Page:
The Paper Chase
For Autograph Collectors, the Search for Signatures Is Singularly Satisfying
From the Print Edition:
John Travolta, Jan/Feb 99
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Words and more words. From a poet's heartfelt musings to the haunting letters of Civil War soldiers, from the exploits of Wild West characters to compelling statements by Freud or Einstein, autograph and manuscript collecting is a broad and vivid tapestry, a magnificent paper chase.
"There's nothing like this hunt for important rarities, tracking down 200-year-old pieces with fascinating content, such as a Washington or Jefferson item with a large, strong signature, and having that living part of American history sitting in front of you," raves one collector, who, like most of his brethren, insists on anonymity. "Unlike stamps or assorted antiques, letters have a personality, a pulse, and since a collector has to have a certain savvy to outsmart the scam artists, acquiring these gems is all the more fulfilling."
In the early 1990s, New York politico Lew Lehrman, the Malcolm Forbes family and Wall Street's Richard Gilder changed the face of the autograph-collecting world. Eager to acquire the highest-quality Lincolns, Washingtons and Civil War pieces, they engaged in a mano a mano bidding war (which one dealer now calls "an egotistical 'my thing is bigger than yours' contest") and drove the prices of those cachet items to stratospheric heights. Though Microsoft's Bill Gates would later purchase the voluminous Leonardo da Vinci Codex Hammer (a collection of manuscripts devoted to the principles of hydrodynamics) for $30.8 million, the record for a single-document purchase was set, in 1991, by an anonymous buyer who paid $748,000 for a Lincoln letter at a Christie's auction. During this giddy time, the value of the 1819 Jefferson letter vaulted from around $50,000 to about $75,000, and even "ordinary" Lincoln-signed documents (handwritten letters are this market's "caviar" items, while such documents as property deeds, military commissions and receipts are traditionally less valuable) soared from $2,000 to $7,000.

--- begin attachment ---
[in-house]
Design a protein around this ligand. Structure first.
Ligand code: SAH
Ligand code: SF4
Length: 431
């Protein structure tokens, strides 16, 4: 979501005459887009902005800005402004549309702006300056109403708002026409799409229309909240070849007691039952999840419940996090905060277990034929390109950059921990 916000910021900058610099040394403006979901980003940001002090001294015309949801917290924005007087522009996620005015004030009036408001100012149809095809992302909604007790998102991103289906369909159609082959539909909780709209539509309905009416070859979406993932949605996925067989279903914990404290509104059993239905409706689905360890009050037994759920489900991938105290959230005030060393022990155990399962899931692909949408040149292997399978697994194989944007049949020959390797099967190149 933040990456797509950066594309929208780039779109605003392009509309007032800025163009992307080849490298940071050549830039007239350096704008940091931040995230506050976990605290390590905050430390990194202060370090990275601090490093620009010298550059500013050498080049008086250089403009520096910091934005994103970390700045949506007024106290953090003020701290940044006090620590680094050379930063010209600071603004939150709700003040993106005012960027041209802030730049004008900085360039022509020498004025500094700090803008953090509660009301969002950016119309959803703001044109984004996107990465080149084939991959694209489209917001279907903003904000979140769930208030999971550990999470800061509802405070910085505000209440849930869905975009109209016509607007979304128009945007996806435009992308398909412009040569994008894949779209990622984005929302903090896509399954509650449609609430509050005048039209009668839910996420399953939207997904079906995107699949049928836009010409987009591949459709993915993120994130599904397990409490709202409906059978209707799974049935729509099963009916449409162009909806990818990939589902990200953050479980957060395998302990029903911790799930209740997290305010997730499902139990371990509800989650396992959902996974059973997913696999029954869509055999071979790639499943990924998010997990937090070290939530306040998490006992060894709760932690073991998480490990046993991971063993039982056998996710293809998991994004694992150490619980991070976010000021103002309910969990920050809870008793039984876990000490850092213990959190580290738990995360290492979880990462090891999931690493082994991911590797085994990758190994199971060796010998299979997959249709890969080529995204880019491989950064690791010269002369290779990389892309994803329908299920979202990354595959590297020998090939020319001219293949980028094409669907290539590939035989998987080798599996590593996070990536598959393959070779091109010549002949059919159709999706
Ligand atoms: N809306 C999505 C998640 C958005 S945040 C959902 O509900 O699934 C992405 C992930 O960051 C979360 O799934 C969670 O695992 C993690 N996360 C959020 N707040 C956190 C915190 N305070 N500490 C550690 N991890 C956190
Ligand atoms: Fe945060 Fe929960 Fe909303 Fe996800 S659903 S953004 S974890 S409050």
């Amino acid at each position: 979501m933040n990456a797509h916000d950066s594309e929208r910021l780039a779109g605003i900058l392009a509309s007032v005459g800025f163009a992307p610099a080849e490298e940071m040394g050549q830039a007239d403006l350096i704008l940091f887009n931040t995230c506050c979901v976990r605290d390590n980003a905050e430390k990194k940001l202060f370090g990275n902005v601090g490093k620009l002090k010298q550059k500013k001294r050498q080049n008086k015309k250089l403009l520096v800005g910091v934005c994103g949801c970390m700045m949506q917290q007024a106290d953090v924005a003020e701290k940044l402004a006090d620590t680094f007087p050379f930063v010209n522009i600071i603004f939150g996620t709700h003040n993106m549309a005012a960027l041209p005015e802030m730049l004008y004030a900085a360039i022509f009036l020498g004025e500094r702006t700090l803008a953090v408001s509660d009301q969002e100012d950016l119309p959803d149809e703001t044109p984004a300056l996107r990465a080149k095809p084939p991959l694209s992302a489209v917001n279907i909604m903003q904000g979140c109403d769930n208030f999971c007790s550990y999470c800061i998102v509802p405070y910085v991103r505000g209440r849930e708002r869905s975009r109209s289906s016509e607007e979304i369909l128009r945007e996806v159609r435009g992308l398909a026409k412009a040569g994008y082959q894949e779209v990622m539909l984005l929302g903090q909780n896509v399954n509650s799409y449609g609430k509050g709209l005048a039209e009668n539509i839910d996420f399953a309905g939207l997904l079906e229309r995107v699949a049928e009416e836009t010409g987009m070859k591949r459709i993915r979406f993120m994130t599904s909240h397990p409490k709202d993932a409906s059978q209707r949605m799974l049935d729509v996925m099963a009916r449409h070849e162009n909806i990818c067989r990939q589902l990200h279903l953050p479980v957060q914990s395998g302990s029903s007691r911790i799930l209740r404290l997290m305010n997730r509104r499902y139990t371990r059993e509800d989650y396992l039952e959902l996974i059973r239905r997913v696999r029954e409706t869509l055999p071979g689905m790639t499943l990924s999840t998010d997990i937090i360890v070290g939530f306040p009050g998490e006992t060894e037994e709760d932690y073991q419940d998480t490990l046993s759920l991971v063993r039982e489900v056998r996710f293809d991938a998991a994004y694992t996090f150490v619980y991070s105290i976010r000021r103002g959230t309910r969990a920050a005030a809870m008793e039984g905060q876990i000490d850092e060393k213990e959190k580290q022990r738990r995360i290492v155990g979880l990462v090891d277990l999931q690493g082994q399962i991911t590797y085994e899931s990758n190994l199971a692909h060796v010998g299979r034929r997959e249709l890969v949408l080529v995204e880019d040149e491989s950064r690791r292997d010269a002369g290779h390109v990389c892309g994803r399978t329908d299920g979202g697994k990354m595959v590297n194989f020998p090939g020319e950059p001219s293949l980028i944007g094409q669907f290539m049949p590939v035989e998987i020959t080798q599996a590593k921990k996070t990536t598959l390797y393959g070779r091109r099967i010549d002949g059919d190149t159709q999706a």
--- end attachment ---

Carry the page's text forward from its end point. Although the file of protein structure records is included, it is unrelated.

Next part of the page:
"Civil War items and American Revolutionary War pieces climbed so high, so quickly, back then, all kinds of unscrupulous people wanted to enjoy the ride," recalls Raab, the executive vice president of the Professional Autograph Dealers Association, an organization that tries to protect consumers by giving its imprimatur only to dealers who offer unconditional guarantees of authenticity with no time limit. "That dizzying bull market is over, as buyers are no longer getting $4,000 for something which cost them $100," Raab adds. "While prices have certainly retreated, many areas, particularly the expensive historical items, have stabilized, and that means this is a great time to buy interesting, undervalued material. Today, if new collectors aren't fooled by all the glitzy catalogues and fast-talking sharks in the market, there's a terrific upside in autographs."